WORDS BY ELIZABETH BARKER (ILLUSTRATION BY JEN MAY)
(It's A Shame About Ray by the Lemonheads came out on June 2, 1992, but I messed it up and thought it was June 20. So happy belated birthday, It's A Shame About Ray. You are maybe my favorite record from when I was very young.)
Once when I was 17 a girl wrote the words "This world is topsy-turvy, and it is mine to eat" onto a nice piece of paper and I knew right then I would love her forever.
Her name was Mary, I met her on my second night of college. I was in the coffeehouse drinking coffee from a paper cup, wearing a scratchy blue and black sweater, and Mary asked me if I wanted to go to a party with her and her friends. I went, and we drank cans of warm Natural Light beer in a corner and found out we loved a lot of the same things.
We both loved the Lemonheads; we loved Evan Dando.
After that we were together all the time. We'd go to frat parties for the free beer and to the roof of the science building to smoke pot; some nights we'd take the bus up to Providence, some nights we went to the beach and then Burger King; one weekend we went to visit her family out in the woods and made a great big chocolate cake from scratch and ate the cake for breakfast in the morning.
But a lot of the time we'd just hang out in her room and listen to CDs and tapes, lying on her bed and filling up the pages of the drawing pads we used to buy at the CVS at the edge of campus. They were the kind with thick white paper and we'd write out song lyrics in excessively lovely penmanship, then decorate our words with flowers and stars and half-moons and hearts and eyes and teardrops and raindrops. One day Mary wrote: "So we take off out Fiona's door, walk until it's light outside," which is a lyric from "Drug Buddy" by the Lemonheads. "Oh!" I said, because I'd never known Evan was singing "Fiona" -- I'd always thought the line was "out the owner's door." But no, not "the owner" -- Fiona! Fiona was so much better. I was so happy to find out it was Fiona.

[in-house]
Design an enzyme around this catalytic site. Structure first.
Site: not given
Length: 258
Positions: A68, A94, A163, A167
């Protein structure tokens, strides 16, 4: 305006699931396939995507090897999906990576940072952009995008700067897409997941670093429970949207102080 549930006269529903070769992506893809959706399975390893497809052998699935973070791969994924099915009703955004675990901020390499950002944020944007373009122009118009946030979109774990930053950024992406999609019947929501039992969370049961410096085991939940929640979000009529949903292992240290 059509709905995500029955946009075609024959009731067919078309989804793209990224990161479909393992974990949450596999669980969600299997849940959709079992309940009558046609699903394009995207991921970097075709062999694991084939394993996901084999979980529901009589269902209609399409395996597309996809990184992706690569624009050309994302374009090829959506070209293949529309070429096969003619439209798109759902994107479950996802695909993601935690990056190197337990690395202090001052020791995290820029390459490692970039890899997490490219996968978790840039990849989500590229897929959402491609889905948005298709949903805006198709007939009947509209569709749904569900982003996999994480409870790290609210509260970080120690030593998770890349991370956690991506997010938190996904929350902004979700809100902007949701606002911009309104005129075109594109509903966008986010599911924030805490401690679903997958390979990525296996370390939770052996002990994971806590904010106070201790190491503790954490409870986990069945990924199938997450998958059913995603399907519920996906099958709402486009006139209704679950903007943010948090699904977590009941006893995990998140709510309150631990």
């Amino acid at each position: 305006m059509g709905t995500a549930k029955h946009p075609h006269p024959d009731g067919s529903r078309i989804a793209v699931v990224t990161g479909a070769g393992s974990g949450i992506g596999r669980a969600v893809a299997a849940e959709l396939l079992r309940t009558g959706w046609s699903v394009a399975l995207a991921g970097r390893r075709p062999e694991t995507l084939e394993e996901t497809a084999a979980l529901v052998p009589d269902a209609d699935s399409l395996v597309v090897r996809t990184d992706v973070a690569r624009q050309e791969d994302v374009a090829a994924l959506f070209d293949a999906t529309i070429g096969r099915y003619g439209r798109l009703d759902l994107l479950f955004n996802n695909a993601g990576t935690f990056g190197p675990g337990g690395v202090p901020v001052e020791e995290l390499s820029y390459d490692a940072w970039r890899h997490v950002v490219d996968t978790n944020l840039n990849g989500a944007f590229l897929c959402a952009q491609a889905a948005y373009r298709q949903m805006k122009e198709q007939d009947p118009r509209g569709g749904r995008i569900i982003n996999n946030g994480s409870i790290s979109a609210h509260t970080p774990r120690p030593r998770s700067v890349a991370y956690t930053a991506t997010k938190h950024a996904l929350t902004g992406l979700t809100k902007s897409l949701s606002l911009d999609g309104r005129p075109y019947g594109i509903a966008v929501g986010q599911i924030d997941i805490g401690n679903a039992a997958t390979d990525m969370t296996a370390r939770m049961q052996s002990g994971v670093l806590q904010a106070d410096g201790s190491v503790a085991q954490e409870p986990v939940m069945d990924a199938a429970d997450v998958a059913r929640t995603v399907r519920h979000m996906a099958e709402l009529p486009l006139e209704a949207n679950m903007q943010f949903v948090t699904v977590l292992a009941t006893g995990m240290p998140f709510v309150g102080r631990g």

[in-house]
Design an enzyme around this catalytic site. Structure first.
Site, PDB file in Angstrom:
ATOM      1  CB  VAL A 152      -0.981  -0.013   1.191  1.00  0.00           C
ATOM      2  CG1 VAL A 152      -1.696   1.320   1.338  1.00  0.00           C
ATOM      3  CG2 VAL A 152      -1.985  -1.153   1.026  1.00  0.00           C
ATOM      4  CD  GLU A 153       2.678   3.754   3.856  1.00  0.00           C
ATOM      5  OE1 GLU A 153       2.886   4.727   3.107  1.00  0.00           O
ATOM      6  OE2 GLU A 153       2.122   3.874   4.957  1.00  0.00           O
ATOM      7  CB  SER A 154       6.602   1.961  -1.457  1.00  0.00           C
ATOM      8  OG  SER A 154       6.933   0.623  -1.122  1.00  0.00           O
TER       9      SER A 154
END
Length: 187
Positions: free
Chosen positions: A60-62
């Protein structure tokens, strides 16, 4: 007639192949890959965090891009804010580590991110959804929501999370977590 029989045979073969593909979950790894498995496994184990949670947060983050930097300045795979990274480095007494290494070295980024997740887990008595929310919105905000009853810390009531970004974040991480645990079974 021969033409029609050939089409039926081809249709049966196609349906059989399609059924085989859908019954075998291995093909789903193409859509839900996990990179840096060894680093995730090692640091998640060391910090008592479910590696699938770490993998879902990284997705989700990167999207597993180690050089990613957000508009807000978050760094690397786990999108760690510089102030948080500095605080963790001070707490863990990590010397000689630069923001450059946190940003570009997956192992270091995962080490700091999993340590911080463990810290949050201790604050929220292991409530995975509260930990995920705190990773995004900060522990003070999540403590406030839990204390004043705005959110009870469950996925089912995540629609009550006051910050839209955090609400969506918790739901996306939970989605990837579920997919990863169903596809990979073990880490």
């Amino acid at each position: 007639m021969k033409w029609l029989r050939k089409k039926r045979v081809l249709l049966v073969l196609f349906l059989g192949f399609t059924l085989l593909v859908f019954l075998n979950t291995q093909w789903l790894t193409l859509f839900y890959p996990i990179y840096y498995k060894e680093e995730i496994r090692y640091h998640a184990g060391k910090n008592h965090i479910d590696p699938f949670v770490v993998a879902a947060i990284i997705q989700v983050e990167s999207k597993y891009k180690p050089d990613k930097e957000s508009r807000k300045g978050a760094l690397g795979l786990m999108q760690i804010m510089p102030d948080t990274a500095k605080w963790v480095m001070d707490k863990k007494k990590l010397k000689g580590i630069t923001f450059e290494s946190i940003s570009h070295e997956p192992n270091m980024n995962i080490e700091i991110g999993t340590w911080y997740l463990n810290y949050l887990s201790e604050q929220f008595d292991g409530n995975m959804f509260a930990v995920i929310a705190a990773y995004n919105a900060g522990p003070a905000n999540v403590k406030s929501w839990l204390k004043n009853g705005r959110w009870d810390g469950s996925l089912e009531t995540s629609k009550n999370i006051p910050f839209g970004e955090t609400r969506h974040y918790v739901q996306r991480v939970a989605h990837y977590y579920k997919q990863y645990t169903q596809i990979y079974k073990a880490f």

The first time we met Evan Dando, Mary and I asked him to play "Drug Buddy" at the show at Lupo's Heartbreak Hotel that night. Evan said "Suuuuuure" in this sweet and easy sort of way, drawling. He was wearing a corduroy jacket and he was so nice, such a nice, warm, corduroy-y presence. He addressed us each as "babe" and we loved that: "Thank you, babe," "You’re welcome, babe," "Of course I can, babe." After that we called each other "babe" too.
Mary and I met Evan the first time just about a year after we met each other, and by the same time the following year we weren't friends anymore. But that first year was really good. We were very good at being buddies.